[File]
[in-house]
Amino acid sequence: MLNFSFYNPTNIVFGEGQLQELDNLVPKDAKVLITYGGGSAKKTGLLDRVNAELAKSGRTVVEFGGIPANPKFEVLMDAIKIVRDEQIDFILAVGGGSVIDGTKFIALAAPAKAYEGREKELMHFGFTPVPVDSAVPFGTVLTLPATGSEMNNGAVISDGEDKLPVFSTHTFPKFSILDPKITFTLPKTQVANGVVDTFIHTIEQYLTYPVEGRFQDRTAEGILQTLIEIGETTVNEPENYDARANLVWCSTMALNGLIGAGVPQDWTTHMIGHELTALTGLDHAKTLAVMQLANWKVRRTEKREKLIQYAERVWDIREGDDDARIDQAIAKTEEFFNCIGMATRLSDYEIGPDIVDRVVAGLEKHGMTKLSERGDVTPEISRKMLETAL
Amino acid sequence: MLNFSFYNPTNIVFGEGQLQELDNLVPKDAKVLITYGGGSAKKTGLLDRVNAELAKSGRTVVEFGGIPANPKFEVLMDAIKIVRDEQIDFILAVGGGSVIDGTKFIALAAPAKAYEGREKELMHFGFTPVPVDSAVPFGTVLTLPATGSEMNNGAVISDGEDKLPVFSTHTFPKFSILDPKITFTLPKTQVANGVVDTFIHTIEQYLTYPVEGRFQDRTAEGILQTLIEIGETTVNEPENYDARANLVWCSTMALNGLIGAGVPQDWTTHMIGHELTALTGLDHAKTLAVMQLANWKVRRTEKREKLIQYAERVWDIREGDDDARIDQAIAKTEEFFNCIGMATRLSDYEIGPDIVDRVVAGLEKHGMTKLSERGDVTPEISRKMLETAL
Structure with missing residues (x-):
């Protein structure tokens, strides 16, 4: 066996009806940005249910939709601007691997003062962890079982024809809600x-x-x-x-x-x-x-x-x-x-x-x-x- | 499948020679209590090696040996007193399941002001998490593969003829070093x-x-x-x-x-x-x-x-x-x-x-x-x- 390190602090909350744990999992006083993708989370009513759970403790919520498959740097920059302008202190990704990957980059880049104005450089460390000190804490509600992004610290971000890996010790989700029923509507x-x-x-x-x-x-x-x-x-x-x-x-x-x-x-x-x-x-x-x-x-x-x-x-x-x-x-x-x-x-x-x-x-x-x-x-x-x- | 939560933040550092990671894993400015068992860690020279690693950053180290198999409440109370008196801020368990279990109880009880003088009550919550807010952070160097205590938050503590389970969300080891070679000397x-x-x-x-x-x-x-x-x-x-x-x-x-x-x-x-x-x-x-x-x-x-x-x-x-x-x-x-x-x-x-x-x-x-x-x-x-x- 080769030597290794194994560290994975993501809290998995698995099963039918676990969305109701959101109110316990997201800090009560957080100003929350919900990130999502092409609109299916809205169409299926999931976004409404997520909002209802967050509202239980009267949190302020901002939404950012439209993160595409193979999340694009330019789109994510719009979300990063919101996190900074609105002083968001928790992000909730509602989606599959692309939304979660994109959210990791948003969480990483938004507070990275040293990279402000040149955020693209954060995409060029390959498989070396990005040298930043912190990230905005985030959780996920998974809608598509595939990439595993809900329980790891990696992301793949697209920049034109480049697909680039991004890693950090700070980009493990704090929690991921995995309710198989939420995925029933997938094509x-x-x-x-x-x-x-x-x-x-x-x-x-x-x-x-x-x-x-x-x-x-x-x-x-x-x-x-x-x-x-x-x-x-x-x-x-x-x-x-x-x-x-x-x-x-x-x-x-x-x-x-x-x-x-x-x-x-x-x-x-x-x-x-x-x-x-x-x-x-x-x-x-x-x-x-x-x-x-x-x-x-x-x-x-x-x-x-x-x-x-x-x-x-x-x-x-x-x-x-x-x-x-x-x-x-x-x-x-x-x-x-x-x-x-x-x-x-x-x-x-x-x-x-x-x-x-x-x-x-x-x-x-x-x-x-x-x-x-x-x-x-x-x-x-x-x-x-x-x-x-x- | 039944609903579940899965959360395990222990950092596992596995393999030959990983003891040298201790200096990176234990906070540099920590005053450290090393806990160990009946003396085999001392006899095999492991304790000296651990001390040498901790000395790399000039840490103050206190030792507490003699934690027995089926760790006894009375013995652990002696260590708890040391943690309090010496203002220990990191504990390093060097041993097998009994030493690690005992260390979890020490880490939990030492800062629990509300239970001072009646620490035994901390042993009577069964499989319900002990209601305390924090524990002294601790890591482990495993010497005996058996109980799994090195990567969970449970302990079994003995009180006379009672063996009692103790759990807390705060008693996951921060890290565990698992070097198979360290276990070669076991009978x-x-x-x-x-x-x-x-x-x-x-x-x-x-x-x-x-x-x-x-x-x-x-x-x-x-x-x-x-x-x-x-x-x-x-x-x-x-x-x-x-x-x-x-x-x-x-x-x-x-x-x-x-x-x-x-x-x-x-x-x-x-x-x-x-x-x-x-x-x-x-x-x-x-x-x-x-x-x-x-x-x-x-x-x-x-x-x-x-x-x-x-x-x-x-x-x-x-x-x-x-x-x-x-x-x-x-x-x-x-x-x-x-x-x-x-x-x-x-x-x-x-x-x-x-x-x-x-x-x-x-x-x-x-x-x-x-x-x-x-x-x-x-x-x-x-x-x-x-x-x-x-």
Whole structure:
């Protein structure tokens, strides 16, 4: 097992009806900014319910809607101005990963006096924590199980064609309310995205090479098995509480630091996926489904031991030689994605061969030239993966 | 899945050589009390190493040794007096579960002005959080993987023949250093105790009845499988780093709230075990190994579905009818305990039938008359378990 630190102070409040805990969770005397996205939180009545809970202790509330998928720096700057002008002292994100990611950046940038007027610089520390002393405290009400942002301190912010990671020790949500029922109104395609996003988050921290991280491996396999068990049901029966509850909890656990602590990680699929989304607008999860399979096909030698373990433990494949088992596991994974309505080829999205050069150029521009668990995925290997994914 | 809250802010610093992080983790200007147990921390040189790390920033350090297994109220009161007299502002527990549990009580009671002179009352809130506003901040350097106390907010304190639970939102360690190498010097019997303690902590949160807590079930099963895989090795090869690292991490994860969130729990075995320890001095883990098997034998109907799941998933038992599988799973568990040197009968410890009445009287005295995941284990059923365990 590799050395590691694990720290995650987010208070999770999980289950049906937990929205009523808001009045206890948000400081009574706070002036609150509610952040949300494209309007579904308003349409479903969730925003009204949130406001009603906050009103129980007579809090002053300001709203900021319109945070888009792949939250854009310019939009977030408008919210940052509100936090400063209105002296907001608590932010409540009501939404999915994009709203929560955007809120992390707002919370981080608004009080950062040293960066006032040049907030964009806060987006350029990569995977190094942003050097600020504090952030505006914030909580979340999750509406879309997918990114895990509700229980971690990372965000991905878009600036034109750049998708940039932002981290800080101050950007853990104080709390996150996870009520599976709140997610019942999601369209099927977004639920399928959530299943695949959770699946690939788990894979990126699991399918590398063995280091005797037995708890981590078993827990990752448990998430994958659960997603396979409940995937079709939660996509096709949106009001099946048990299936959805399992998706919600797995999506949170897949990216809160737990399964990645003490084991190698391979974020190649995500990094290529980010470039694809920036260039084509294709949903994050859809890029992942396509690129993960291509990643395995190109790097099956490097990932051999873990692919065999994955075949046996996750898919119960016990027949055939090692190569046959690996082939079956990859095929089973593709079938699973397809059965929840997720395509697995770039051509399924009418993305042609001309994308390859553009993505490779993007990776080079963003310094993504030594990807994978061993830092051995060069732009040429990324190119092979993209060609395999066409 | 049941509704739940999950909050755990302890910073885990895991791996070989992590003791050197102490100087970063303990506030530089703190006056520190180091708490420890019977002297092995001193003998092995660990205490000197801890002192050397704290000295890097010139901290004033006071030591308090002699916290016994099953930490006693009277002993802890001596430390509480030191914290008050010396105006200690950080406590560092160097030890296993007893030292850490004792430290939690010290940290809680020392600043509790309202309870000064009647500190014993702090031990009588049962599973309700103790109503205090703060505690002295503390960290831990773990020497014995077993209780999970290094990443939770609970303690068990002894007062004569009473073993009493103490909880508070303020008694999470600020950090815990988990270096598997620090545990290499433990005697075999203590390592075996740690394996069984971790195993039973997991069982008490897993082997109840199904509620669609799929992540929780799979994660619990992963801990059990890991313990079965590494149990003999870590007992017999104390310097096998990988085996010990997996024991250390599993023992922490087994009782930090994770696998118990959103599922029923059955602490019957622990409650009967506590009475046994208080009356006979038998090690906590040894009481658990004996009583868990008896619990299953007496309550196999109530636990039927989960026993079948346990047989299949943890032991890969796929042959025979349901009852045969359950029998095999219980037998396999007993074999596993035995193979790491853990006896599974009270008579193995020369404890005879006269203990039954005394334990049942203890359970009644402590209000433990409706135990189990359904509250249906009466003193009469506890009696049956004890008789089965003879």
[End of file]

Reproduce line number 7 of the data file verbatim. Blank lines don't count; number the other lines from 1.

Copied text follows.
């Protein structure tokens, strides 16, 4: 097992009806900014319910809607101005990963006096924590199980064609309310995205090479098995509480630091996926489904031991030689994605061969030239993966 | 899945050589009390190493040794007096579960002005959080993987023949250093105790009845499988780093709230075990190994579905009818305990039938008359378990 630190102070409040805990969770005397996205939180009545809970202790509330998928720096700057002008002292994100990611950046940038007027610089520390002393405290009400942002301190912010990671020790949500029922109104395609996003988050921290991280491996396999068990049901029966509850909890656990602590990680699929989304607008999860399979096909030698373990433990494949088992596991994974309505080829999205050069150029521009668990995925290997994914 | 809250802010610093992080983790200007147990921390040189790390920033350090297994109220009161007299502002527990549990009580009671002179009352809130506003901040350097106390907010304190639970939102360690190498010097019997303690902590949160807590079930099963895989090795090869690292991490994860969130729990075995320890001095883990098997034998109907799941998933038992599988799973568990040197009968410890009445009287005295995941284990059923365990 590799050395590691694990720290995650987010208070999770999980289950049906937990929205009523808001009045206890948000400081009574706070002036609150509610952040949300494209309007579904308003349409479903969730925003009204949130406001009603906050009103129980007579809090002053300001709203900021319109945070888009792949939250854009310019939009977030408008919210940052509100936090400063209105002296907001608590932010409540009501939404999915994009709203929560955007809120992390707002919370981080608004009080950062040293960066006032040049907030964009806060987006350029990569995977190094942003050097600020504090952030505006914030909580979340999750509406879309997918990114895990509700229980971690990372965000991905878009600036034109750049998708940039932002981290800080101050950007853990104080709390996150996870009520599976709140997610019942999601369209099927977004639920399928959530299943695949959770699946690939788990894979990126699991399918590398063995280091005797037995708890981590078993827990990752448990998430994958659960997603396979409940995937079709939660996509096709949106009001099946048990299936959805399992998706919600797995999506949170897949990216809160737990399964990645003490084991190698391979974020190649995500990094290529980010470039694809920036260039084509294709949903994050859809890029992942396509690129993960291509990643395995190109790097099956490097990932051999873990692919065999994955075949046996996750898919119960016990027949055939090692190569046959690996082939079956990859095929089973593709079938699973397809059965929840997720395509697995770039051509399924009418993305042609001309994308390859553009993505490779993007990776080079963003310094993504030594990807994978061993830092051995060069732009040429990324190119092979993209060609395999066409 | 049941509704739940999950909050755990302890910073885990895991791996070989992590003791050197102490100087970063303990506030530089703190006056520190180091708490420890019977002297092995001193003998092995660990205490000197801890002192050397704290000295890097010139901290004033006071030591308090002699916290016994099953930490006693009277002993802890001596430390509480030191914290008050010396105006200690950080406590560092160097030890296993007893030292850490004792430290939690010290940290809680020392600043509790309202309870000064009647500190014993702090031990009588049962599973309700103790109503205090703060505690002295503390960290831990773990020497014995077993209780999970290094990443939770609970303690068990002894007062004569009473073993009493103490909880508070303020008694999470600020950090815990988990270096598997620090545990290499433990005697075999203590390592075996740690394996069984971790195993039973997991069982008490897993082997109840199904509620669609799929992540929780799979994660619990992963801990059990890991313990079965590494149990003999870590007992017999104390310097096998990988085996010990997996024991250390599993023992922490087994009782930090994770696998118990959103599922029923059955602490019957622990409650009967506590009475046994208080009356006979038998090690906590040894009481658990004996009583868990008896619990299953007496309550196999109530636990039927989960026993079948346990047989299949943890032991890969796929042959025979349901009852045969359950029998095999219980037998396999007993074999596993035995193979790491853990006896599974009270008579193995020369404890005879006269203990039954005394334990049942203890359970009644402590209000433990409706135990189990359904509250249906009466003193009469506890009696049956004890008789089965003879």